Even at the beginning of the corona pandemic, researchers suspected that the Sars-CoV-2 coronavirus would be betrayed by the voice – because since the Covid-19 disease caused by the virus is primarily a respiratory disease, the voice must also to be affected. Experienced doctors can often use their voice, breath, and cough to draw conclusions about a disease, such as whooping cough or asthma. With many diseases, however, voice changes are barely audible – it is beyond human ability to perceive them.
Artificial intelligence recognizes voice characteristics of a disease
Computers have a number of advantages over humans: They are undividedly attentive, never tire and can learn from an infinite number of examples. In order to be able to detect Covid-19 with artificial intelligence, the researchers first need voice recordings from people who have been infected with the virus. The computers learn through countless examples to recognize the voice characteristics of the disease. At the beginning of the pandemic, the scientists used voice recordings from Wuhan – the fact that these were in Chinese did not bother, because clear patterns can be recognized in different languages that can be simplified. At some point the computer will recognize these patterns itself.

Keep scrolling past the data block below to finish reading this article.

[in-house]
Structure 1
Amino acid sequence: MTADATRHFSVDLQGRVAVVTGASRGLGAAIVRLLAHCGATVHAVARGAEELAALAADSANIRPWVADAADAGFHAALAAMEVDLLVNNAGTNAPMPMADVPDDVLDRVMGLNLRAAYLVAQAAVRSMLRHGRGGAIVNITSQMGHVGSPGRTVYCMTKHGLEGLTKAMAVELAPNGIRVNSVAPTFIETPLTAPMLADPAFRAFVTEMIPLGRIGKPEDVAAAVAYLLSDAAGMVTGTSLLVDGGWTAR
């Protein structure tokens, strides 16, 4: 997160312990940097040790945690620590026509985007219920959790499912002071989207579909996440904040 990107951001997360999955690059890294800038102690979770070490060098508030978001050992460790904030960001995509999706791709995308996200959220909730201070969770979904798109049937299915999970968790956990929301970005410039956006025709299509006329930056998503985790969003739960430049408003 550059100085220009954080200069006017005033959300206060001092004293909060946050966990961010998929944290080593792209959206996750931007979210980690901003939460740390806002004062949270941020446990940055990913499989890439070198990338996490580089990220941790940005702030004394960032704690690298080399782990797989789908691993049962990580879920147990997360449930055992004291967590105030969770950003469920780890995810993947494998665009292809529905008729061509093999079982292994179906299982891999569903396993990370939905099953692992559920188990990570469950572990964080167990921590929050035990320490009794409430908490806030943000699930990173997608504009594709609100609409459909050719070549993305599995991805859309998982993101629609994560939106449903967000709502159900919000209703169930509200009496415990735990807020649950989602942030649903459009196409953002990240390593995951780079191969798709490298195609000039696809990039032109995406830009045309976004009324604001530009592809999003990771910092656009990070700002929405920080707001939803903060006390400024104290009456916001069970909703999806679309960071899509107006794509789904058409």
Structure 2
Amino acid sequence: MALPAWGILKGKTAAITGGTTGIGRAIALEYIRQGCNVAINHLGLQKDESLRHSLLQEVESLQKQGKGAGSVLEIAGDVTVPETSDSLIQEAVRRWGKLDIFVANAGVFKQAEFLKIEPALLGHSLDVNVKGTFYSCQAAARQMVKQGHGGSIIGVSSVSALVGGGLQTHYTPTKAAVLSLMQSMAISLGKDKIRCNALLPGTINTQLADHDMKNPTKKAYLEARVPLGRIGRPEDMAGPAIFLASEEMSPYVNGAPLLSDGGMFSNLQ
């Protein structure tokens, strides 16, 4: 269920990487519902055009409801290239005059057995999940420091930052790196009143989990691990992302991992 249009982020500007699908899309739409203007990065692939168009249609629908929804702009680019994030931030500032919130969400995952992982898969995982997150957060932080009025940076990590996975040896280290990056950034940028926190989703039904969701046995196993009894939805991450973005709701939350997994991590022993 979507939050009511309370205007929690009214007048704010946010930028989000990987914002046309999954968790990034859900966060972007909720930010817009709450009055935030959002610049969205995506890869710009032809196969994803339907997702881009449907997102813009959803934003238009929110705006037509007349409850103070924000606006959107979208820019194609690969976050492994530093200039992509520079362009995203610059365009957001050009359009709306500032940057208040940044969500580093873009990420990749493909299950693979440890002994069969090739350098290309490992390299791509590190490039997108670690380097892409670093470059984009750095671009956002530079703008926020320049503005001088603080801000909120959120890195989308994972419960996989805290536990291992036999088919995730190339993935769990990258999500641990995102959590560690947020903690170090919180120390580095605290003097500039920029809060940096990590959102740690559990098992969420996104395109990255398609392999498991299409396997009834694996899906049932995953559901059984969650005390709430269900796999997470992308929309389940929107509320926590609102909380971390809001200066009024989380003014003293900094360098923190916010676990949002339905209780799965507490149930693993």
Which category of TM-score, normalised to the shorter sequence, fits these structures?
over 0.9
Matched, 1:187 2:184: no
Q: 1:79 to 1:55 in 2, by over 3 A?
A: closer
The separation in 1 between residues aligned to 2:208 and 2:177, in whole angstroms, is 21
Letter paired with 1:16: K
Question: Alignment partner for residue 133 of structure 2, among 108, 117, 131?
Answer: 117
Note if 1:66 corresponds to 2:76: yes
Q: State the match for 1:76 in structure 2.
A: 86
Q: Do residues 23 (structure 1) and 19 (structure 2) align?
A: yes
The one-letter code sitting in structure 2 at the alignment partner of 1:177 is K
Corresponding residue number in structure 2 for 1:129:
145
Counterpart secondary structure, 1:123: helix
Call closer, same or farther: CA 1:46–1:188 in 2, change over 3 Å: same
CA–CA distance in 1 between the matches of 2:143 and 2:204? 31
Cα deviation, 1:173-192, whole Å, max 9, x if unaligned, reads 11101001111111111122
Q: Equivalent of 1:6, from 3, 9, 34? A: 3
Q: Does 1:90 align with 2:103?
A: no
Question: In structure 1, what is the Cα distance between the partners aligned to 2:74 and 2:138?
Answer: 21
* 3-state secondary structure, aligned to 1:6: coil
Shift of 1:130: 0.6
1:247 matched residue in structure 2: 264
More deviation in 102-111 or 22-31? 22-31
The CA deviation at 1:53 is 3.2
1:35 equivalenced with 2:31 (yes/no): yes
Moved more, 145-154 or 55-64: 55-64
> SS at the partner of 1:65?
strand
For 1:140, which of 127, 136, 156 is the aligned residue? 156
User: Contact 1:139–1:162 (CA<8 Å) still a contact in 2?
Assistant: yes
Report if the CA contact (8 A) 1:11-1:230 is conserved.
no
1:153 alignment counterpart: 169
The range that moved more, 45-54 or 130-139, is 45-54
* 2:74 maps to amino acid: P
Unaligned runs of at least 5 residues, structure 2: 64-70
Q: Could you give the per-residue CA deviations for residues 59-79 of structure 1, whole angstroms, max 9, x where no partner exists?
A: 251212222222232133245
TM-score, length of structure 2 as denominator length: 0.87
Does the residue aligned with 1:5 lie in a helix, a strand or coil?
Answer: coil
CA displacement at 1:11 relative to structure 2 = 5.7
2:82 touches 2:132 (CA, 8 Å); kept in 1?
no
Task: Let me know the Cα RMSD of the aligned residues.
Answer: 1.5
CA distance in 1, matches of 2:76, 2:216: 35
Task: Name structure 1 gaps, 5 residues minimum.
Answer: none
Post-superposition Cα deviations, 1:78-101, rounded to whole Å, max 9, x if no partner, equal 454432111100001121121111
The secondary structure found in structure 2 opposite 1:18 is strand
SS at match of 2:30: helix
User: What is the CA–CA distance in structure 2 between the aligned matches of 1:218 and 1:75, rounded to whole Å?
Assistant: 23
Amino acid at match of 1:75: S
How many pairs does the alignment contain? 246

Computer discovers patterns
The computer brain is fed with as many voice recordings as possible. During the learning phase, he receives information with every audio sample whether he has Covid-19 disease or not. The computer breaks down the voice recordings into curves, bits and columns of numbers. Through the comparison, his neural network recognizes patterns that speak for or against a disease. With each example, the computer becomes smarter – until at some point it no longer discovers any additional differences in the patterns. Then the learning curve flattens out and the system has finished learning.
Voice samples from Germany
The Augsburg researchers are now being supported by the local university hospital and some corona test centers in collecting the voice samples. After the usual PCR or rapid test, people there are asked to provide an additional voice sample for research.
The app’s hit rate increases
The computers continue to learn through the numerous recordings, while the researchers are simultaneously testing how well their prototype app is already working. According to the researchers, the hit rate is already 85 percent, and the trend is rising.